The dying, families of the dying, grave diggers, hunters of the undead, morticians, mourners
LE, LG, LN
Death, Fate, Law, Protection, Travel
“Fatal Touch” (bastard sword)
Lord of the Dead, Judge of the Damned
Wallkane is the latest in a long line of Larsil deities to command the forces of death and oversee the fate of the dead. Death has been the greatest constant throughout human history, but the way humans viewed this unavoidable force has changed considerably as different deities arose to oversee it. Wallkane, who assume the mantle recently has taken a decidedly different approach to most.
The mortal warrior known as Wallkane likely would have died on some battlefield, alone and unmourned. He was the victim of a bewildering ancestral curse that forced him to assume the form of a violent magical panther whenever he performed a rare act of kindness. However, he fell in with a band of adventurers that included Tanor. By the end of the Scourge of Fire, both had become deities, through cunning plots and betrayal or purest happen-stance.
As deities, the two former companions still retain what might be called a relationship. Tanor despises Wallkane, blaming him for his frequent setbacks. Tanor plots endlessly to regain dominion over death, a portfolio he held briefly, and instructs his mortal followers to oppose those of Wallkane by disturbing the rest of the dead, mutilating corpses to prevent identification, and supporting all kinds of necromantic activity. Erlena aids Wallkane from time to time, but the demands of her station prevent frequent contact. Wallakne hates Lordan for his support of necromancy and Velyemor for her poisons and diseases, which send many souls to the Fugue Plane prematurely. Wallkane spends a great deal of time in the company of Kalas, with whom he lives in the Crystal Spire of Hades and from whom he learns the responsibilities and requirements of his station. The Forgotten One’s stark pragmatism and almost chilling lack of pity disturb Wallkane, however, and though he respects Kalas, it is a stretch to say that hey trusts the elder deity.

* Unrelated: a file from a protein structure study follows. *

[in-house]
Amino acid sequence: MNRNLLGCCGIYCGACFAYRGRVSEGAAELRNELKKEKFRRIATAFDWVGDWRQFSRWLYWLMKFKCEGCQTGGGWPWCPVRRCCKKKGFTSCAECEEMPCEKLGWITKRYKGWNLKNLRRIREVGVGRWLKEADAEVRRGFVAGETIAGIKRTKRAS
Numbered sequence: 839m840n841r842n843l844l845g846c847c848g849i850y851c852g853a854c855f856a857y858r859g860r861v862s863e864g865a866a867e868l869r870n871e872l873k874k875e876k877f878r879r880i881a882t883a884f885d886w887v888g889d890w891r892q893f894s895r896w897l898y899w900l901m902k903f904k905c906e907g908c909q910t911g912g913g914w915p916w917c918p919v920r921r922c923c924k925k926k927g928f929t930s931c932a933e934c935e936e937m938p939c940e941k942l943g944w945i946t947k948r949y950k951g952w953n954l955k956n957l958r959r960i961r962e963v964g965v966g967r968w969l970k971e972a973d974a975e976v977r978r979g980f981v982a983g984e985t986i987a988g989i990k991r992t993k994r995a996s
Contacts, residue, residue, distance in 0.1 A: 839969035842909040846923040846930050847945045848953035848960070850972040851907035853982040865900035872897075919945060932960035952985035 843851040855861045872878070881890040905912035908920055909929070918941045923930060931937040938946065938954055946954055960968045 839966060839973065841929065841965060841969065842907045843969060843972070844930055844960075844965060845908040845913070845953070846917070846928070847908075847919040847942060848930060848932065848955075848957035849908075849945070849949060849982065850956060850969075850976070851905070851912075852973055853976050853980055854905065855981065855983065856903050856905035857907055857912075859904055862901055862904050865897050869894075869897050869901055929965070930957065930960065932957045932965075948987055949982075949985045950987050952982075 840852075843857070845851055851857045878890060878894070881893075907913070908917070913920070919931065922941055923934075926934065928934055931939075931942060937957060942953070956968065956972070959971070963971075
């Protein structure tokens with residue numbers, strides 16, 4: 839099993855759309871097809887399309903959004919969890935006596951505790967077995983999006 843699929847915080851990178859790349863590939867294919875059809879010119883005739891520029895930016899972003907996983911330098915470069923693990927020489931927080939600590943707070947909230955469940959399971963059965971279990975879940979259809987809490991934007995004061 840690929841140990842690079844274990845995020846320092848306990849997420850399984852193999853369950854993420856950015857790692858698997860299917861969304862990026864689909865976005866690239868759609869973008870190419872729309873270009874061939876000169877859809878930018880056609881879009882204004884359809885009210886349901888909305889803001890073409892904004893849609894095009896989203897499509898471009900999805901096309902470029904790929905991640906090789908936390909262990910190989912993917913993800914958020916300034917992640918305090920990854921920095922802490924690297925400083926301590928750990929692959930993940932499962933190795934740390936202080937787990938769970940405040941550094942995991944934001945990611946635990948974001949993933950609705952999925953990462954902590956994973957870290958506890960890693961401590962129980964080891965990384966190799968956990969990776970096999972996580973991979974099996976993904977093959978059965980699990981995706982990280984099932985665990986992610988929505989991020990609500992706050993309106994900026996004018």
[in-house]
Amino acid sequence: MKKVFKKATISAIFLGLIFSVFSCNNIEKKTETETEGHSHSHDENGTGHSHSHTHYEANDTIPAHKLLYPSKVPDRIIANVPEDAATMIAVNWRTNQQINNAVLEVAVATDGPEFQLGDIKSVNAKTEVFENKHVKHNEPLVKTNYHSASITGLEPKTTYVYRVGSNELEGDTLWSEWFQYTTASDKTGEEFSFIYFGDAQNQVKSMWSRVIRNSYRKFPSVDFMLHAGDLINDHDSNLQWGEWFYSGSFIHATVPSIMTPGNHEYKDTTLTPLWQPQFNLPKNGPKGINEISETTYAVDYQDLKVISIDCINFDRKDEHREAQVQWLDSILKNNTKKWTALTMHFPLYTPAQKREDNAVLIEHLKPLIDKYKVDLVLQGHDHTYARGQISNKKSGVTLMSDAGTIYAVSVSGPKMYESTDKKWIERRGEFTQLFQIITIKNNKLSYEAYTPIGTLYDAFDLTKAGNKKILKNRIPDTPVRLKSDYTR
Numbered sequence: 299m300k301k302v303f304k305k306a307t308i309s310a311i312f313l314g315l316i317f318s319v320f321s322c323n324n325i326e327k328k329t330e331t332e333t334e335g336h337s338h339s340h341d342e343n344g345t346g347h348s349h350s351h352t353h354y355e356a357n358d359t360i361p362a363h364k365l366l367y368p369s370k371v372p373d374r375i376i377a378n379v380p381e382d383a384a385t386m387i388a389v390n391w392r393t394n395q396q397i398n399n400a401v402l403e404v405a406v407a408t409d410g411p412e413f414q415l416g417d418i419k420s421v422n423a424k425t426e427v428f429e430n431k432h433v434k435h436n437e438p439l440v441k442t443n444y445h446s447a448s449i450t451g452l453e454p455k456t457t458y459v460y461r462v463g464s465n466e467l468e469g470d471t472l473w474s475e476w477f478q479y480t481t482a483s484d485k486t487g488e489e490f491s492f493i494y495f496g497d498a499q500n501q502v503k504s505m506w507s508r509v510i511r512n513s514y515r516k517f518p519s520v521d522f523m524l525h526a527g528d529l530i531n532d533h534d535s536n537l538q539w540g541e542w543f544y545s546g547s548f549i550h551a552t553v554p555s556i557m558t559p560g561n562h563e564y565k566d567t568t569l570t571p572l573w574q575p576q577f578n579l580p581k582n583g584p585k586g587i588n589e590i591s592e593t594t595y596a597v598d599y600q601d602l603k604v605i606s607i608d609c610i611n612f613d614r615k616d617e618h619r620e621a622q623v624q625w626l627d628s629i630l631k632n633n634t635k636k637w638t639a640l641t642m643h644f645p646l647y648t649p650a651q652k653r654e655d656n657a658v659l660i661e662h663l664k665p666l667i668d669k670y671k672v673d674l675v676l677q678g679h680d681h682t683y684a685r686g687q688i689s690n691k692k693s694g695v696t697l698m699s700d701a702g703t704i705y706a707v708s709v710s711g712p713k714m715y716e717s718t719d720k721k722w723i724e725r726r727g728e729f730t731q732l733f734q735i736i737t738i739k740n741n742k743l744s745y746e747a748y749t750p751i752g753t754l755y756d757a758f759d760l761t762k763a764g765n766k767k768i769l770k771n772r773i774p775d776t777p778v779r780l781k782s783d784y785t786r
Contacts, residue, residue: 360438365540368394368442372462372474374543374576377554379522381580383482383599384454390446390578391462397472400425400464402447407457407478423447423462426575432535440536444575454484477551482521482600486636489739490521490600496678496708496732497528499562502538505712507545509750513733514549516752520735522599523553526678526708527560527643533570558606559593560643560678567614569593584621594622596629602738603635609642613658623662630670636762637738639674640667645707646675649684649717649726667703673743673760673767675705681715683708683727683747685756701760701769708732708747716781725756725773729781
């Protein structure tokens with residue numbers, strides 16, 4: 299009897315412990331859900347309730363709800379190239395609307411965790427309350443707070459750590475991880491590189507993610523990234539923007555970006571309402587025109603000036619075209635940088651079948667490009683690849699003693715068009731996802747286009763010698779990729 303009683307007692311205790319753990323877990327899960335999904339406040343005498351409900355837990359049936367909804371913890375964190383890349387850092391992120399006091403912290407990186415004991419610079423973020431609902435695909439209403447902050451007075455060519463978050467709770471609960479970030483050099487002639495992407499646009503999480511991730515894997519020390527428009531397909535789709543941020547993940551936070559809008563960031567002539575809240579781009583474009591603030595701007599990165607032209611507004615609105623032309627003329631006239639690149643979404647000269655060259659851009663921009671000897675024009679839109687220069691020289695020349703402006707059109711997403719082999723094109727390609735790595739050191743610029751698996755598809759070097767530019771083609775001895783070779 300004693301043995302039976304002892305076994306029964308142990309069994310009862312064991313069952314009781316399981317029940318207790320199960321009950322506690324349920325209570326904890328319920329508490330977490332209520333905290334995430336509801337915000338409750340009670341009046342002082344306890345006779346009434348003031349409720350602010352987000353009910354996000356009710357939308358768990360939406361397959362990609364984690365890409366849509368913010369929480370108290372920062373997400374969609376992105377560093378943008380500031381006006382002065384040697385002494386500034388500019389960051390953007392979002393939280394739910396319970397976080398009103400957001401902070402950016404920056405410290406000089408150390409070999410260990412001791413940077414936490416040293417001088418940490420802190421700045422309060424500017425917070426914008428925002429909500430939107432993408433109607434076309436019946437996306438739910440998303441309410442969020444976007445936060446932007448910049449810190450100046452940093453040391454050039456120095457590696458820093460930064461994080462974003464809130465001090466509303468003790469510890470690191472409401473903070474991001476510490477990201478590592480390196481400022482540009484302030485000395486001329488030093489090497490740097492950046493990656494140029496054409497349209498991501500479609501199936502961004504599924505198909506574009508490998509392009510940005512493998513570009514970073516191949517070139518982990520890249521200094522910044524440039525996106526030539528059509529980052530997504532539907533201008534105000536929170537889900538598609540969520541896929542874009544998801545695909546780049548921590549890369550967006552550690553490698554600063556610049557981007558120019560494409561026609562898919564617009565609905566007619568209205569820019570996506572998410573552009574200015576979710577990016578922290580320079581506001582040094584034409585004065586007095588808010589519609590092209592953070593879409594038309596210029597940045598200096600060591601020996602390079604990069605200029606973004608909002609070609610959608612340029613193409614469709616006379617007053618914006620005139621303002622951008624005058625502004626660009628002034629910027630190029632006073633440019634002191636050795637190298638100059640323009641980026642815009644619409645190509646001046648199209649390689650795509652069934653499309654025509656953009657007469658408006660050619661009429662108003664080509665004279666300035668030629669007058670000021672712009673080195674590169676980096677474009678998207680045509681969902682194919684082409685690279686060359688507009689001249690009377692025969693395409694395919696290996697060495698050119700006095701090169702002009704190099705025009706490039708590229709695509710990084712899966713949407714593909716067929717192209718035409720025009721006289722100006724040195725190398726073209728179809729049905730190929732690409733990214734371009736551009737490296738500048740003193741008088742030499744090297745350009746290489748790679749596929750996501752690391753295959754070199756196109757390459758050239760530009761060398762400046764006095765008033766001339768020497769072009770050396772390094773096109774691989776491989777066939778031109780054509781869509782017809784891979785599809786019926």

Recognize that death is part of life. It is not an ending but a beginning, nor a punishment by a necessity. Death is an orderly process without deceit, concealment, and randomness. Help others die with dignity at their appointed time and no sooner. Speak against those that would artificially prolong their life beyond natural limits, such as the undead. Do honour to the dead, for their strivings in life brought Larsil to where it is now. Forgetting them is to forget where we are now, and why. Let no human in all Larsil die a natural death without one of Wallkane’s clerics at her side.
Clergy and Temples
Wallkane urges his clerics to act as stewards of the afterlife and to teach the people of Larsil that death is a natural part of life. There is nothing to be feared in the transition, for only the truly wicked, the Faithless, or the False must fear the world beyond Hades. Wallkane views all undead as abominations, ordering his servants to destroy them at every turn. Wallkane is a taciturn deity, and until recently was not completely sure of himself or his role. He has placed such uncertainties behind him, however, and approaches his duty as judge of the afterlife earnestly, tempering his strong sense of justice with kindness and forthrightness. He is not, however, particularly clever, and prefers to solve problems with direct action that sometimes leads to unintended results.